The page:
I could only guess what mean, bitter Mrs. Coleman did with her money to keep from settling her account. Maybe she had a gambling problem and was spending her social security checks on casino boats down in Louisiana. I let my mind wander, like I do about so many of our customers, and began to imagine where she lived and what she did all day besides call the phone company. West Dallas, maybe? There were some suspect spots on the west side, but maybe she lived on the south side. Hell, she could even have been in those run-down apartments I saw along Gaston Street, headed into one of the wealthier areas in East Dallas. I imagined her as a small-framed old woman with leathery, dark skin surrounding squinty eyes, yellowed and dull from years of cigarette smoke and late-night socializing at the club. She’d be the type of woman who wore her hair pulled back in a gelled-down, why-even-try-it pigtail. One thing I didn’t have to wonder about was the way she spoke. When she talked, her grammar was broken and devoid of any sign that she’d ever paid any attention in school as a child. I figured she was one of those women who spent her time not wondering where she’d gone wrong, but rather blaming everyone but herself for any of her disappointments. Or she could easily be a woman who was simply trying to make ends meet and kept coming up short. I decided that it didn’t matter where she lived, because Mrs. Coleman could very well be a wealthy woman who simply was not paying her bill. Maybe she called and yelled because that was the only way she knew how to express herself. Maybe she was lonely, and found a connection in the relationship she had with us, regardless if it seemed like a backward form of adoration. She knew us each by name. She knew our voices, even if one of us was feeling under the weather. Sometimes, if she called enough, she could tell who was absent. The funny thing was that it was no secret we tolerated her more than we should. Maybe we enjoyed it in some strange, Whitney Houston–Bobby Brown sort of way. Whatever the case, every time she came in on my line, it was the same thing: I asked for her information, she cursed, I threatened to hang up, she cursed more, I disconnected the call while she cursed. And with each episode, I’d have to take five minutes to regroup; ten, in some cases.From the Hardcover edition.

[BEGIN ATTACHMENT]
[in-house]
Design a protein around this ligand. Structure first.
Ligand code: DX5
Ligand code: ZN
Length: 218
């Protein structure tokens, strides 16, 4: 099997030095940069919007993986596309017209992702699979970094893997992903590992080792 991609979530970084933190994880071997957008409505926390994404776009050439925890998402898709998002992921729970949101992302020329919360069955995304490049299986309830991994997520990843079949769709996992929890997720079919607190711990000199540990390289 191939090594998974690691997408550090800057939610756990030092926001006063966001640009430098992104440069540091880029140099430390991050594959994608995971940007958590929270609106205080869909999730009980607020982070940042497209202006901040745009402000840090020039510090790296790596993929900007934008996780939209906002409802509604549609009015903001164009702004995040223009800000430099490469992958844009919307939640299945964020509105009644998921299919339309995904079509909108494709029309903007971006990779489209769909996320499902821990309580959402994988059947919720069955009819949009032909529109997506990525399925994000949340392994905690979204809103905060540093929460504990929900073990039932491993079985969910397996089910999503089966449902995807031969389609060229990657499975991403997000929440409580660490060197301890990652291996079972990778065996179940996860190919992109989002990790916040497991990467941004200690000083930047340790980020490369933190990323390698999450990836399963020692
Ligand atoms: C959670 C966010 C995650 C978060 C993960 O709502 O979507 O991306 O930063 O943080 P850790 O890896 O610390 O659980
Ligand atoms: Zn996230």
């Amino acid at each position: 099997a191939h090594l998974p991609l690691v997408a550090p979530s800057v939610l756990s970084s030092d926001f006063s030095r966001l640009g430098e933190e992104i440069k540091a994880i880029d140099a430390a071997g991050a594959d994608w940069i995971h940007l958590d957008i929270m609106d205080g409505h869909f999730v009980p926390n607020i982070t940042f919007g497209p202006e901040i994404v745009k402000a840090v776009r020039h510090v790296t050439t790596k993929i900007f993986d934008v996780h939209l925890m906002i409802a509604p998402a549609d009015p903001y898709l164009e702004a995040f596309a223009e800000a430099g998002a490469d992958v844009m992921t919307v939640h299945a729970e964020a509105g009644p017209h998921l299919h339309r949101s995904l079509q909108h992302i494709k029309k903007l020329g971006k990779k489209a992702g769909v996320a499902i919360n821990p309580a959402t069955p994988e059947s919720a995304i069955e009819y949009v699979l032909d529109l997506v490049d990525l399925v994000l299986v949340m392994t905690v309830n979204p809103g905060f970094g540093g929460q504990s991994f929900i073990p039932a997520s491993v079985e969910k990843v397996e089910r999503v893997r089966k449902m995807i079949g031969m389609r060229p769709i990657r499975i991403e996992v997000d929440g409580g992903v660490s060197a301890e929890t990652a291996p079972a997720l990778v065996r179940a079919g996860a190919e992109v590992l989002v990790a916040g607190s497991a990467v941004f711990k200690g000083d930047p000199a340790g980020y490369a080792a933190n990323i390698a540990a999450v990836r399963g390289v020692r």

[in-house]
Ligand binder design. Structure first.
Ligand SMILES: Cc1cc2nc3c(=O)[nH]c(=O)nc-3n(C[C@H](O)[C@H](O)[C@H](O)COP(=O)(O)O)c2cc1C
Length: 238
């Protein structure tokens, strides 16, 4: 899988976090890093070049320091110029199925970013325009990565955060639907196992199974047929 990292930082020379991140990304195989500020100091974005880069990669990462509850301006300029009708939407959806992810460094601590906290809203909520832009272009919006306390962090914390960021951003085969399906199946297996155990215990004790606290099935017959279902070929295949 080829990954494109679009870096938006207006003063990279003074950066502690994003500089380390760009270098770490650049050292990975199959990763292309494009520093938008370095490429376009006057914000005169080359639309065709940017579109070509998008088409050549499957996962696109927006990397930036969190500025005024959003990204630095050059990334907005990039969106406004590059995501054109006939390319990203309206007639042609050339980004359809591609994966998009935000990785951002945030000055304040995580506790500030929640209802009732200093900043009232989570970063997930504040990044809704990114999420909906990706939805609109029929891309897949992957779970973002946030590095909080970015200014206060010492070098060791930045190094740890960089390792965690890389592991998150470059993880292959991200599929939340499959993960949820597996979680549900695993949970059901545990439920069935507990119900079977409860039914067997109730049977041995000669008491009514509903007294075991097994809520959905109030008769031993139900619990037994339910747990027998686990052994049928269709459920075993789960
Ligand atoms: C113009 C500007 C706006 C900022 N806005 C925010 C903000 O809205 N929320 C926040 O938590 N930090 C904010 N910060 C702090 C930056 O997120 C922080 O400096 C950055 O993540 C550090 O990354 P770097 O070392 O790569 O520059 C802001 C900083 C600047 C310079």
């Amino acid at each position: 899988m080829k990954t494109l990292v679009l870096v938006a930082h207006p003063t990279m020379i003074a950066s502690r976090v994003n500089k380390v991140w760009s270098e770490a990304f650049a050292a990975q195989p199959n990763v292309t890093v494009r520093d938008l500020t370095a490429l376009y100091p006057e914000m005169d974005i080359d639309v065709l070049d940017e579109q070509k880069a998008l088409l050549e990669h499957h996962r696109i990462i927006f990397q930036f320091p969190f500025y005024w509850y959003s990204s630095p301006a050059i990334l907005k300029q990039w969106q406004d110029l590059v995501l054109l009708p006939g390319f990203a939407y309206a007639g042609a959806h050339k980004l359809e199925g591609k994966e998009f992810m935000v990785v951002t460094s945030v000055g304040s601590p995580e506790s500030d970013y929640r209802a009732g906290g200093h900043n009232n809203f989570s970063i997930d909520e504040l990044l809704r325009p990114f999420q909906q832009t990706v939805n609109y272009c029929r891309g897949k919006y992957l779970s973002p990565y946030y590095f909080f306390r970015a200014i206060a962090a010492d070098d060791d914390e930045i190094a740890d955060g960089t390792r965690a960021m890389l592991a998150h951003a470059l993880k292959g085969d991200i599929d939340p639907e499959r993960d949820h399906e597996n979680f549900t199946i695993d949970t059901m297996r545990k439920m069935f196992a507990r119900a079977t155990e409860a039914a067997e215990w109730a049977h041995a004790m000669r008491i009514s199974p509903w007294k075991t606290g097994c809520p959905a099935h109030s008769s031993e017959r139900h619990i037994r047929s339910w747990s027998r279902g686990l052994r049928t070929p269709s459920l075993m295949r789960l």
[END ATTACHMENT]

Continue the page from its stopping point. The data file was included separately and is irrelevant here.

Excerpted from Cubicles by Camika Spencer. Copyright © 2002 by Camika Spencer. Excerpted by permission of One World/Ballantine, a division of Random House LLC. All rights reserved. No part of this excerpt may be reproduced or reprinted without permission in writing from the publisher.